The human life is a name designated to the attribution of vital signs, other evidence, and conditions of life. Naming is the product of the mind. Vital signs and other evidence of life are experiences of the body. Therefore, we can conclude:
Human life is an experience of a constant interplay between mind and body.
To prove that statement as valid, we should employ critical analysis for the mind and the body, just as we did for the human life.
Human mind exists, there is no doubt about it. Just mere fact that you are reading this, proves its existence. The question is not, does the human mind exist, but: “How specifically does the human mind exist?” Let us start searching for the mind: Is visual consciousness the mind, is it the auditory, gustatory, olfactory, cutaneous, vestibular, tactile, or mental consciousness? Are feelings, or perceptions – the mind? Or is it maybe different mental states like anger, jealousy, doubt, kindness, generosity, compassion, or enthusiasm? Are feelings, or perceptions of pleasure and pain – the mind? Which one of those is the mind? Just as with human life, the more we search for the mind, the more evidence there is of its existence, but none of them can be pointed at as the mind. Upon search we were unable to find the mind among the elements of the mind, so we can conclude that the mind is not an independently existent phenomenon because it depends on different types of consciousnesses, feelings, perceptions, or mental states. Let us investigate further by even questioning the way different types of consciousnesses, feelings, perceptions, or mental states exist.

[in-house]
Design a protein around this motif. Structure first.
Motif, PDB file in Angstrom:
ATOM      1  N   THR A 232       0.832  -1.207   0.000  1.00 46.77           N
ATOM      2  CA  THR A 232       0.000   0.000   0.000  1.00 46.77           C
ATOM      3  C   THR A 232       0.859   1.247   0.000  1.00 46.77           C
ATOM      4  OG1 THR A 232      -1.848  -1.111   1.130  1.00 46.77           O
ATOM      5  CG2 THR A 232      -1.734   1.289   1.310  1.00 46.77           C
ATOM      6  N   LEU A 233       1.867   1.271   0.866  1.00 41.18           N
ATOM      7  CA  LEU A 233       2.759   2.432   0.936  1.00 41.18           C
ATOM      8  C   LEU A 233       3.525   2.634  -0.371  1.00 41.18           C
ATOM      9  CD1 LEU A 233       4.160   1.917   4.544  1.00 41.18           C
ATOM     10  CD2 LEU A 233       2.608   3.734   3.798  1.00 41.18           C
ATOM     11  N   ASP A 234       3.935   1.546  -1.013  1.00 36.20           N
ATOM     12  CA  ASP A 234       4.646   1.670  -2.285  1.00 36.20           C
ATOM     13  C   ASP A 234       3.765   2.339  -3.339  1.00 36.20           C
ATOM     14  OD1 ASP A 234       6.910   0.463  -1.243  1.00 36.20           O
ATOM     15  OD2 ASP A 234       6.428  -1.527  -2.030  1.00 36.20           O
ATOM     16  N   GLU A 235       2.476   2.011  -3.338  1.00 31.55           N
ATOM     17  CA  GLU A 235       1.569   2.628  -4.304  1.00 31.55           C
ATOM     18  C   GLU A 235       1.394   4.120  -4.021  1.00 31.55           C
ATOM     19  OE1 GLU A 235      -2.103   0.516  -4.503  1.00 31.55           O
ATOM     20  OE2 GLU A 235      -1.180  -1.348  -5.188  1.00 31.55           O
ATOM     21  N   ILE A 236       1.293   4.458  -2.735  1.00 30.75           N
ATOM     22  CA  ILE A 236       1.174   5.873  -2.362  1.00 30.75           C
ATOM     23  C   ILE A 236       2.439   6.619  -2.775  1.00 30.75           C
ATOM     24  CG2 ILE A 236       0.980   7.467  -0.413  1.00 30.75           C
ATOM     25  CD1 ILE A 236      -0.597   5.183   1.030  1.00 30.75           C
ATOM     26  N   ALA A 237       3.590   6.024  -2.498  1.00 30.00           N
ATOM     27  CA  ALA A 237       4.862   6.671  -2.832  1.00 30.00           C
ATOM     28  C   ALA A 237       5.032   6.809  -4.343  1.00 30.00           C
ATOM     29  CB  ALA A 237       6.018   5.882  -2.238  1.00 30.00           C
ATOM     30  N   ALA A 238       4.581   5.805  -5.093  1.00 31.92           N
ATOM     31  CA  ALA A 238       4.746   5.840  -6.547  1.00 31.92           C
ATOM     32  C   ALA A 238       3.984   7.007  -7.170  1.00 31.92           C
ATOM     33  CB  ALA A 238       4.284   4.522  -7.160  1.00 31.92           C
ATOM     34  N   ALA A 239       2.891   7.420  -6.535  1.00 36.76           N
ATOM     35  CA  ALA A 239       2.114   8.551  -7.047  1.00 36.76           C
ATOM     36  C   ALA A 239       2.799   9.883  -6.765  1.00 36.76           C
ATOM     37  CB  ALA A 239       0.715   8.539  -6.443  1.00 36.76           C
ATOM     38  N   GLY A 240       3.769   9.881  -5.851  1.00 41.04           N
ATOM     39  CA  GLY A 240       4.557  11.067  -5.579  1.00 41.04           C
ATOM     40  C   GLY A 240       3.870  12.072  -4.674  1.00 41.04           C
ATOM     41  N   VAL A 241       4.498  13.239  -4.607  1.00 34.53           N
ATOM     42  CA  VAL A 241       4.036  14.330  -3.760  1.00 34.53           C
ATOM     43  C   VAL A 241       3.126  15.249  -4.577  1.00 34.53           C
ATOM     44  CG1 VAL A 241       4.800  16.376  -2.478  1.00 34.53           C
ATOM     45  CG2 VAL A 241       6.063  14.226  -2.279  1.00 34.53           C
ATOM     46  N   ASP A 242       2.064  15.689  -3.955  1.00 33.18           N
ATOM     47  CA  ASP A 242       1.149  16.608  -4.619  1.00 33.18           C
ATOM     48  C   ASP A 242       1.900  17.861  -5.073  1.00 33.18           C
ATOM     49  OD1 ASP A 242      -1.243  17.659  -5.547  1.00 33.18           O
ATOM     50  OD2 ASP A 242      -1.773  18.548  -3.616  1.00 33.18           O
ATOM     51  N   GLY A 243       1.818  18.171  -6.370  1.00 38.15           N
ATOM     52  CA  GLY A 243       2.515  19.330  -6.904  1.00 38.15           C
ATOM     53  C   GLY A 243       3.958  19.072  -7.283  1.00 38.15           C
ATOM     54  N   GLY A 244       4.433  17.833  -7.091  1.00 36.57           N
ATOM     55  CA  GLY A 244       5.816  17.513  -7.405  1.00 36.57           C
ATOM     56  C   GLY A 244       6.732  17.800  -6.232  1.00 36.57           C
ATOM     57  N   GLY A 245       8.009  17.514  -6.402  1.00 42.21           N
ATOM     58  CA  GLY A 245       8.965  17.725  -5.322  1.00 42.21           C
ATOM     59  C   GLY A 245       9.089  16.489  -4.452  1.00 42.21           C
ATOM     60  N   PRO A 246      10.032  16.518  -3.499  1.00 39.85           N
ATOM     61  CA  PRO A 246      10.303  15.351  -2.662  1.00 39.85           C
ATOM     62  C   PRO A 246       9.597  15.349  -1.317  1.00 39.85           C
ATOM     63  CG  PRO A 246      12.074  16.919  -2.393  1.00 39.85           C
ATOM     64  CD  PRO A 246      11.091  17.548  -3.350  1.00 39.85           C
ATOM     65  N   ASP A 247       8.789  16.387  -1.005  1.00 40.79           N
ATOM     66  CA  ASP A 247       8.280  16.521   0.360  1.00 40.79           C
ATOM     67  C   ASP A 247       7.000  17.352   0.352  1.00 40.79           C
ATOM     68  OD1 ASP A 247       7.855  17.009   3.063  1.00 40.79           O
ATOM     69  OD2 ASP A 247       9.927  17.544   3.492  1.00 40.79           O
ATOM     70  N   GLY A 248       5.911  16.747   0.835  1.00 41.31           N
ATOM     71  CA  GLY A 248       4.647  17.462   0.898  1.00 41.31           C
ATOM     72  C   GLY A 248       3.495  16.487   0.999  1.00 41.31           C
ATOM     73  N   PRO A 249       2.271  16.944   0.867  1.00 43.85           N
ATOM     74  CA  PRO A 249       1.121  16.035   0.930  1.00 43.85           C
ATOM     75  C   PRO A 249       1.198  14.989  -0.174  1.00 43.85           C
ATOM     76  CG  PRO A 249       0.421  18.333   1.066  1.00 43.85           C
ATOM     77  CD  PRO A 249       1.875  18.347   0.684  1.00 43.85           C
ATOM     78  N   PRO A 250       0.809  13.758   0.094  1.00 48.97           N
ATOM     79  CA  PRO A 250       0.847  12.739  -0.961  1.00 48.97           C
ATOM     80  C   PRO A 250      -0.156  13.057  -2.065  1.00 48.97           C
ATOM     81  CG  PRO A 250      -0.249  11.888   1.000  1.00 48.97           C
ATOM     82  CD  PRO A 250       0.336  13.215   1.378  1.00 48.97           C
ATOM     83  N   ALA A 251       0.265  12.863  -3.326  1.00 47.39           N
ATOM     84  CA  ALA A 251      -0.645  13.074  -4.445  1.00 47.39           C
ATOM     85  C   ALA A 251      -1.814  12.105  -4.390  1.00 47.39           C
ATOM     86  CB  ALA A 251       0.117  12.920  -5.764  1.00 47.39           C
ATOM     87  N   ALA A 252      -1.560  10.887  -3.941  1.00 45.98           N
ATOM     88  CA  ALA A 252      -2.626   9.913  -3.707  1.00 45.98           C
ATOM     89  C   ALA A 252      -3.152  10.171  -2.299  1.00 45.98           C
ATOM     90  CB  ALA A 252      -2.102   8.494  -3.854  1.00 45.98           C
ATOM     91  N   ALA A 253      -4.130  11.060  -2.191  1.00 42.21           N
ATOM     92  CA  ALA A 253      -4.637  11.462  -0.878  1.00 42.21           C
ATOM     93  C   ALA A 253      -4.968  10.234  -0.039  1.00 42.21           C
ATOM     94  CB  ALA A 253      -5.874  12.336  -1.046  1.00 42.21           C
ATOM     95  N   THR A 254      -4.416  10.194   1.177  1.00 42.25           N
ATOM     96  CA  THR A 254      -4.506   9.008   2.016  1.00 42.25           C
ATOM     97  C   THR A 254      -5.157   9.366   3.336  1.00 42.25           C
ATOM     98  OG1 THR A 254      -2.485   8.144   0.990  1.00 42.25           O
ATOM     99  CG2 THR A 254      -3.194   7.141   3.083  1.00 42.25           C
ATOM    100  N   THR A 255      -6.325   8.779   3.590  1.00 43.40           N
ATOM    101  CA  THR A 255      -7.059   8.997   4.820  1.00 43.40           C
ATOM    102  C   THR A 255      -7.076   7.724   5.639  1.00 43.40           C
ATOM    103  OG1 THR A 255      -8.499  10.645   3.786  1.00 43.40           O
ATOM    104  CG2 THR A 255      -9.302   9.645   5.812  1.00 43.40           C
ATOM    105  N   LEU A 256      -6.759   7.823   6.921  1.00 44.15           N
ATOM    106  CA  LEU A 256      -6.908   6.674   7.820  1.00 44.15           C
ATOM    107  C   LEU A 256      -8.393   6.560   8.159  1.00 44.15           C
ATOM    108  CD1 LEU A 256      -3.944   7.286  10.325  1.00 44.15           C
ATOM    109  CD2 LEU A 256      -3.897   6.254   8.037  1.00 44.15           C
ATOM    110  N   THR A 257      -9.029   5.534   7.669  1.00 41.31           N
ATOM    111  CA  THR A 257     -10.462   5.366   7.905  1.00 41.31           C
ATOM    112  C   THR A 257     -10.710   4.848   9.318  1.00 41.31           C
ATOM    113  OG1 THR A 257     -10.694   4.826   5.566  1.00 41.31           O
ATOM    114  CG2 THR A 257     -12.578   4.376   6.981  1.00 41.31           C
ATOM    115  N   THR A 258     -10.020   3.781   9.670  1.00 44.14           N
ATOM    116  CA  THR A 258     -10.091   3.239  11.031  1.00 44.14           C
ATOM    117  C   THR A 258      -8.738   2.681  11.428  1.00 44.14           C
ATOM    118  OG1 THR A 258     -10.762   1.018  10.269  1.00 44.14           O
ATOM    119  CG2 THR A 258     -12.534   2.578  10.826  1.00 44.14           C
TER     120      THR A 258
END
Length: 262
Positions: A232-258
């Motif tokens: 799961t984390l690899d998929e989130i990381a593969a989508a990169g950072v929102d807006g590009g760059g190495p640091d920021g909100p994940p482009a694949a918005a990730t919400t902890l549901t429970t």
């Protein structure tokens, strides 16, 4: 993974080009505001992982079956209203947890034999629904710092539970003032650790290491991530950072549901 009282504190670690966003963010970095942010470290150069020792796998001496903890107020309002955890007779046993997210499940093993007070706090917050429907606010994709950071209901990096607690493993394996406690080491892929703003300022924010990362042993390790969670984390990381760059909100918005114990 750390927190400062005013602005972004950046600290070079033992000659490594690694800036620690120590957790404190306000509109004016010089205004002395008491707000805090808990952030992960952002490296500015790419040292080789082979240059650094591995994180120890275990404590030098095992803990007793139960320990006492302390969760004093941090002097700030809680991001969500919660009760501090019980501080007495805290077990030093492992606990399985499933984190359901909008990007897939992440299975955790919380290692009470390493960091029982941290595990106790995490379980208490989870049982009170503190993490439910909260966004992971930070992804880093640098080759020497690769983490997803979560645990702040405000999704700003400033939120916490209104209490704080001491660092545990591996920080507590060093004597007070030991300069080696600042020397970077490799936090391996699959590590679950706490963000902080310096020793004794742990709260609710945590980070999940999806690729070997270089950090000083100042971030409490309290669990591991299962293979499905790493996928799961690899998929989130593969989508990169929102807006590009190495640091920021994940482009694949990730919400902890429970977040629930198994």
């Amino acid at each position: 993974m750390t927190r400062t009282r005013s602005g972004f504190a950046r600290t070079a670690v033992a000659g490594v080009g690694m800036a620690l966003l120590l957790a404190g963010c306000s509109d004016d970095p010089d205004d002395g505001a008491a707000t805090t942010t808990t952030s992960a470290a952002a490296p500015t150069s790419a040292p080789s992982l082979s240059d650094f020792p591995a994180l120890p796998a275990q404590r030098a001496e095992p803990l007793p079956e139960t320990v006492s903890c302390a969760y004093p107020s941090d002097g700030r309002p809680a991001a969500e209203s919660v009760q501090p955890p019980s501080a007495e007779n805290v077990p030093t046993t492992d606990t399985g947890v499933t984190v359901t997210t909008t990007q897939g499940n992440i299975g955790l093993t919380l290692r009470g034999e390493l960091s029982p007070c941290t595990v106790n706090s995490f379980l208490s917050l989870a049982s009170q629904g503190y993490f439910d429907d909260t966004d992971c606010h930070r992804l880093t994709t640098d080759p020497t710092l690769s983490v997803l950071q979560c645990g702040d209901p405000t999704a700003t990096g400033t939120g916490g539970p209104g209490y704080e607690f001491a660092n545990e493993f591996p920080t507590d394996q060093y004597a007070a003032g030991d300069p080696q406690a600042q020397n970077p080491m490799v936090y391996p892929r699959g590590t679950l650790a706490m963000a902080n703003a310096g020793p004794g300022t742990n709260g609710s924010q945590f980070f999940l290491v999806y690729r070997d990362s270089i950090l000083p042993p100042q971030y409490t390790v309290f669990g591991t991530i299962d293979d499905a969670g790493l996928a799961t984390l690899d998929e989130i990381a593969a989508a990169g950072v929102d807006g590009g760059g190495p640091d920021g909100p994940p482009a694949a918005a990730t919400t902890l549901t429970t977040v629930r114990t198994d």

“According to research fellow Petr Janata of the Center for Cognitive Neuroscience at Dartmouth College, music is such a wanted stimulus: it is not particularly important for survival, but still something inside us yearns for it. By means of fMRI, Janata and his collaborators not only discovered and mapped the areas of the brain associated with melody, but they even confirmed that in every listener those mapped areas differed from one music listening session to another, which indicates the variability or dynamics of the topography of the mapped areas. In other words, every time a person hears the same melody, the same nerve bundle perceives it differently.” (2)
With regard to what does the consciousness of sound arise? With regard to the sound, which means that even the consciousness of sound is not objectively, independently existent phenomenon because it depends on the sound as an object of consciousness. “Therefore, without an object of consciousness remaining close by, we can definitely say that there is no consciousness that apprehends it.” (1)
The mind is so rich and full of evidence of its existence – different types of consciousness, feelings, perceptions, and mental states, but at the same time, the human mind is empty of itself because none of that evidence is the mind. Just as the mind is not an independently existent phenomenon, even the parts upon which the mind is designated are not independently existent objects because they also depend upon different types of causes and conditions.
“How specifically does the human body exist?” Does it exist just as it appears, as a unit, independent, and objective phenomenon? In our quest for correct knowledge of the phenomenon, we will once again employ the critical analysis of the body. Is our head the body? Are eyes, mouth, nose, hands, fists, shoulders, legs, calves, feet, or knees – the body? Is our heart – the body? Can the body be found it our organs, muscles, glands, molecules, atoms, or the parts of the atoms? Are the blood and other body liquids – human body? Can the body be found within the breath or the body temperature? The more we search, the more evidence there is of a human body, but none of that evidence is the human body. If the human body would be existent in the parts and conditions that make the body, then there would be as many bodies as there are parts and conditions, which is absurd. Upon search we were unable to find the body among the parts and conditions that make the body, so we can conclude that even the body is not an independently existent unit because it depends upon different parts and conditions.